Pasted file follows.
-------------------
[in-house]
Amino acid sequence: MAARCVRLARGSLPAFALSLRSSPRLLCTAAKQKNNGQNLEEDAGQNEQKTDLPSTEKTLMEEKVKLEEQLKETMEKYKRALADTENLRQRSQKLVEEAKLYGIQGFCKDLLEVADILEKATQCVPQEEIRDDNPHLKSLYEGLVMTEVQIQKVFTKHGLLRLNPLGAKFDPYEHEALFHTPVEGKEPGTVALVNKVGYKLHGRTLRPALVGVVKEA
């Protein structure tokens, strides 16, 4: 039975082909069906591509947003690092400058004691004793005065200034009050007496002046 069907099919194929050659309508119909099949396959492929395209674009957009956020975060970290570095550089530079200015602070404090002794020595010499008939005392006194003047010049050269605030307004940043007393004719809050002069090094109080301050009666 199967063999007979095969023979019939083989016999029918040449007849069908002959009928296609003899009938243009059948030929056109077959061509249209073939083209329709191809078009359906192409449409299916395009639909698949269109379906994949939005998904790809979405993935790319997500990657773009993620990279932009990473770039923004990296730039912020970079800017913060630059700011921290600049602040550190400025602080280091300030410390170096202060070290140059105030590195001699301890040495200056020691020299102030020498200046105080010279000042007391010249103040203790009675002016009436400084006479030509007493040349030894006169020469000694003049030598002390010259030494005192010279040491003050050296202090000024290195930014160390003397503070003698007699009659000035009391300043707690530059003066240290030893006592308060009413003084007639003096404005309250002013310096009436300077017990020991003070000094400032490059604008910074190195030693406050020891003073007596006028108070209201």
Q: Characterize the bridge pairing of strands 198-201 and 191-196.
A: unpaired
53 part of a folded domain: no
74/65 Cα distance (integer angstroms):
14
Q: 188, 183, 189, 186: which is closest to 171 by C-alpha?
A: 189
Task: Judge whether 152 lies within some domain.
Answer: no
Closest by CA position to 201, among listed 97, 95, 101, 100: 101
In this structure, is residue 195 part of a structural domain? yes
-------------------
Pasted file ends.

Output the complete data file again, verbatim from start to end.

[in-house]
Amino acid sequence: MAARCVRLARGSLPAFALSLRSSPRLLCTAAKQKNNGQNLEEDAGQNEQKTDLPSTEKTLMEEKVKLEEQLKETMEKYKRALADTENLRQRSQKLVEEAKLYGIQGFCKDLLEVADILEKATQCVPQEEIRDDNPHLKSLYEGLVMTEVQIQKVFTKHGLLRLNPLGAKFDPYEHEALFHTPVEGKEPGTVALVNKVGYKLHGRTLRPALVGVVKEA
């Protein structure tokens, strides 16, 4: 039975082909069906591509947003690092400058004691004793005065200034009050007496002046 069907099919194929050659309508119909099949396959492929395209674009957009956020975060970290570095550089530079200015602070404090002794020595010499008939005392006194003047010049050269605030307004940043007393004719809050002069090094109080301050009666 199967063999007979095969023979019939083989016999029918040449007849069908002959009928296609003899009938243009059948030929056109077959061509249209073939083209329709191809078009359906192409449409299916395009639909698949269109379906994949939005998904790809979405993935790319997500990657773009993620990279932009990473770039923004990296730039912020970079800017913060630059700011921290600049602040550190400025602080280091300030410390170096202060070290140059105030590195001699301890040495200056020691020299102030020498200046105080010279000042007391010249103040203790009675002016009436400084006479030509007493040349030894006169020469000694003049030598002390010259030494005192010279040491003050050296202090000024290195930014160390003397503070003698007699009659000035009391300043707690530059003066240290030893006592308060009413003084007639003096404005309250002013310096009436300077017990020991003070000094400032490059604008910074190195030693406050020891003073007596006028108070209201």
Q: Characterize the bridge pairing of strands 198-201 and 191-196.
A: unpaired
53 part of a folded domain: no
74/65 Cα distance (integer angstroms):
14
Q: 188, 183, 189, 186: which is closest to 171 by C-alpha?
A: 189
Task: Judge whether 152 lies within some domain.
Answer: no
Closest by CA position to 201, among listed 97, 95, 101, 100: 101
In this structure, is residue 195 part of a structural domain? yes